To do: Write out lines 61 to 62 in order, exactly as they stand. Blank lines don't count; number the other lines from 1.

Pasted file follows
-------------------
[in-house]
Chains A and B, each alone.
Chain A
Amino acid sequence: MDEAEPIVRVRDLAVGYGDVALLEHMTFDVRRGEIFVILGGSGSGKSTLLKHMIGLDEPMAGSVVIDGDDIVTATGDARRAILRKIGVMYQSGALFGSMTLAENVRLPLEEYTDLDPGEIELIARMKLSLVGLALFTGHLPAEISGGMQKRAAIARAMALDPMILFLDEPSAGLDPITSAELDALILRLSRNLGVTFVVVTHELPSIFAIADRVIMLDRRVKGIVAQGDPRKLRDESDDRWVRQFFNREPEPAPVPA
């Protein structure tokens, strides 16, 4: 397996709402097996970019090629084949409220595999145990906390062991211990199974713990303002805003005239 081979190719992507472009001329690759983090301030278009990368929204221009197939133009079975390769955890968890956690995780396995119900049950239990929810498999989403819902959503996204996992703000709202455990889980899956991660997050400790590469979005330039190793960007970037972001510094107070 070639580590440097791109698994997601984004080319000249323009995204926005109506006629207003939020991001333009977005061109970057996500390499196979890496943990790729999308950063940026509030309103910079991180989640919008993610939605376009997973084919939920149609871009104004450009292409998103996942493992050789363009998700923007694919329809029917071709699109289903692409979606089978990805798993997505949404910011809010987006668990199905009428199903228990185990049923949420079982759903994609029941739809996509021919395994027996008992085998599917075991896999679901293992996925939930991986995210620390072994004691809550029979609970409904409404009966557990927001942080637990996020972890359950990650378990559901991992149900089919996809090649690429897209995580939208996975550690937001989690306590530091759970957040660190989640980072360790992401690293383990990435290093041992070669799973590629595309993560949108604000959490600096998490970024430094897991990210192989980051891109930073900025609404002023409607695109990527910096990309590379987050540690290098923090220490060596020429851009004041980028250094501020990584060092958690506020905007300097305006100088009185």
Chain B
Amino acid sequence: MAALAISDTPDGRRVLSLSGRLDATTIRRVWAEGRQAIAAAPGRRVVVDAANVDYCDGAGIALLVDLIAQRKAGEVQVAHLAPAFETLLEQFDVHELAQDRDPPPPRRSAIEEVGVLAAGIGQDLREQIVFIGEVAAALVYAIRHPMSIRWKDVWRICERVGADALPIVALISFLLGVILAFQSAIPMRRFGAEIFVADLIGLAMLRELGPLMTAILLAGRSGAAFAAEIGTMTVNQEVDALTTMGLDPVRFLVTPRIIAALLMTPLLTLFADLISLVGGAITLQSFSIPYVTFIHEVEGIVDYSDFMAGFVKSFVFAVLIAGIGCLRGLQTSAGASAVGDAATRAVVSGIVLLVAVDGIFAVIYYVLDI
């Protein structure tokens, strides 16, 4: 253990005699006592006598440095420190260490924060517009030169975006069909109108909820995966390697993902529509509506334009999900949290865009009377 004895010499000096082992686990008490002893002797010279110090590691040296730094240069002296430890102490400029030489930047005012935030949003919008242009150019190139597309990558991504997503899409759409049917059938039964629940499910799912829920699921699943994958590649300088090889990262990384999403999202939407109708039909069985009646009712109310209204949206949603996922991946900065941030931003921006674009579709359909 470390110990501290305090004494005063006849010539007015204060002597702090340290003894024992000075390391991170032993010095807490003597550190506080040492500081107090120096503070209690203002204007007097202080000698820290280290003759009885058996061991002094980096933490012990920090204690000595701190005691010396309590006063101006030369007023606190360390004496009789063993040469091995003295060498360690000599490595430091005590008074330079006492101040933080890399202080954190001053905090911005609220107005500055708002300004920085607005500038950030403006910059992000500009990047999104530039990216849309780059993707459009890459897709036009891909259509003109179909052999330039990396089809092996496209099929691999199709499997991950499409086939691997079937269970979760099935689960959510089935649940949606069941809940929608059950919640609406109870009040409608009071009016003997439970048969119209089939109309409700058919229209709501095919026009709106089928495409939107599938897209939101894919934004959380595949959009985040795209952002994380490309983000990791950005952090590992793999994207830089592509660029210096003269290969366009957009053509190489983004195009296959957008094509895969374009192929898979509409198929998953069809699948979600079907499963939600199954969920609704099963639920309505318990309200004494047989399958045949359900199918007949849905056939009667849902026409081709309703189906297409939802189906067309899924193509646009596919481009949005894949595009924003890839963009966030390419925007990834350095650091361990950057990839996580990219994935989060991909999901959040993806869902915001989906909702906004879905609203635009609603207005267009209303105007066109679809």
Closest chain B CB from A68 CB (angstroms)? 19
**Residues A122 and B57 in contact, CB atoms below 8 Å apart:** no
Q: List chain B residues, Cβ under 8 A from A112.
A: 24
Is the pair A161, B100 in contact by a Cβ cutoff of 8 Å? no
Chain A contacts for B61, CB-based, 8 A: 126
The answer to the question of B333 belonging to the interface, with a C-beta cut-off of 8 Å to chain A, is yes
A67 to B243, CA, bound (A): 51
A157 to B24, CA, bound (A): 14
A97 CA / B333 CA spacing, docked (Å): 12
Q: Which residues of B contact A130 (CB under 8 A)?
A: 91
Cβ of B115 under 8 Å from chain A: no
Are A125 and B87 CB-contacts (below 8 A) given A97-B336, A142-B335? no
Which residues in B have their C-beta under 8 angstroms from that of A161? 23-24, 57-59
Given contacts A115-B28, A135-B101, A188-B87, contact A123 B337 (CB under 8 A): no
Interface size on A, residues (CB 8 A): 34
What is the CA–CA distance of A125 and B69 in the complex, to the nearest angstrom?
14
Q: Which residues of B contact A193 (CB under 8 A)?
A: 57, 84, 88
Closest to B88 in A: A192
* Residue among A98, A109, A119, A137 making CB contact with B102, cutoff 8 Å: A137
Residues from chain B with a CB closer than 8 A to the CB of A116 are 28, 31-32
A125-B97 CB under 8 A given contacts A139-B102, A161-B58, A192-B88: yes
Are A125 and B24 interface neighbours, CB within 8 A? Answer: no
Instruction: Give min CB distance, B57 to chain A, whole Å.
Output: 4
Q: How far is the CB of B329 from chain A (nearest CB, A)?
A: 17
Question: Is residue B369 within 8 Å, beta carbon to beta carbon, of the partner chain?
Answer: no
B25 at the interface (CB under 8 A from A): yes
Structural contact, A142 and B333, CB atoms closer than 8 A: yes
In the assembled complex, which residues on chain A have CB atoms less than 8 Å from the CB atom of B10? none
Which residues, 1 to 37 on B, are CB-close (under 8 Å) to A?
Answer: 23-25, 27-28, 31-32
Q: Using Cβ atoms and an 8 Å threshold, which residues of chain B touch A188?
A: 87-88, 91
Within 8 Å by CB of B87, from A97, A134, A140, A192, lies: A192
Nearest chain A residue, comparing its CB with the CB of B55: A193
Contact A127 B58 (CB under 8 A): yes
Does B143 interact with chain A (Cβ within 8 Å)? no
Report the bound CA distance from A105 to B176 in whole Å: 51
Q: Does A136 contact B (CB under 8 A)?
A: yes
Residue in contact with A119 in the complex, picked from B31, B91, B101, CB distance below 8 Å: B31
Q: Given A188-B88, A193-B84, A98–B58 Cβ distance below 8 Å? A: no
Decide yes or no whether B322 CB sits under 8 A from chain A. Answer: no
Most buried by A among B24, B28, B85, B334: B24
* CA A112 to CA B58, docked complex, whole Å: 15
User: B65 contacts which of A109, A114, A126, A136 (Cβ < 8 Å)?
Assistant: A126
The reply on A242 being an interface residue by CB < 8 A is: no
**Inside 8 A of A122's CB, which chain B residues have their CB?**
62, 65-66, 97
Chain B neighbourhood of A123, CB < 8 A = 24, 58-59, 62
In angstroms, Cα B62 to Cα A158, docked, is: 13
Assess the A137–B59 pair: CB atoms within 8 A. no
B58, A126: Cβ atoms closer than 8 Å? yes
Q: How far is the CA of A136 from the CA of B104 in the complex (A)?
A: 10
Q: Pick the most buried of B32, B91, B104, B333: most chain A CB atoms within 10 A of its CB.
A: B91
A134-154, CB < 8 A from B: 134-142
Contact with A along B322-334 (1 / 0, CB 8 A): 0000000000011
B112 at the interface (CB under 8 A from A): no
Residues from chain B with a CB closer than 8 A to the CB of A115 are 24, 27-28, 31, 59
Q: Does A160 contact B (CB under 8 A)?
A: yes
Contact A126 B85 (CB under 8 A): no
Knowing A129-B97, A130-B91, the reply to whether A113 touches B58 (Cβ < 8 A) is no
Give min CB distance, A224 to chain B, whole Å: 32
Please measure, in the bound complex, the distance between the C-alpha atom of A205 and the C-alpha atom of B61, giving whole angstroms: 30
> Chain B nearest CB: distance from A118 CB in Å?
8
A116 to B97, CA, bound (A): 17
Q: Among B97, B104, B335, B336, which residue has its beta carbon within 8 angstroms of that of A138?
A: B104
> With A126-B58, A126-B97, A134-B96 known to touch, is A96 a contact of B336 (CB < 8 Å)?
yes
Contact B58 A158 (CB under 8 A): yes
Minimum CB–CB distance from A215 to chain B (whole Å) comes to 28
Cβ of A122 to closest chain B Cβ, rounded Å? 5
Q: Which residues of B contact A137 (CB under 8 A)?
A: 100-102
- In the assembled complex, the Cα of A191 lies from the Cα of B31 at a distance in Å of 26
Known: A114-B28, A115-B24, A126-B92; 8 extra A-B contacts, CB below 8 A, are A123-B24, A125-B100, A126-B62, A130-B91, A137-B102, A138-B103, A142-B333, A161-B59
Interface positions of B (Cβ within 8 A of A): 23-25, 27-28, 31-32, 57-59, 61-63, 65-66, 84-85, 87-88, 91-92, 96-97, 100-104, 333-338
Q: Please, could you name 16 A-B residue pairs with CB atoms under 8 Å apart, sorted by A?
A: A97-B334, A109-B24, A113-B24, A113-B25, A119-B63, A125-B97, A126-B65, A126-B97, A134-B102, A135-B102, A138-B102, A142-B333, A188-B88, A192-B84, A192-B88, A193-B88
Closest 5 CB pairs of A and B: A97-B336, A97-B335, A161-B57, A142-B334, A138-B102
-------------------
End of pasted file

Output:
Assistant: A126
The reply on A242 being an interface residue by CB < 8 A is: no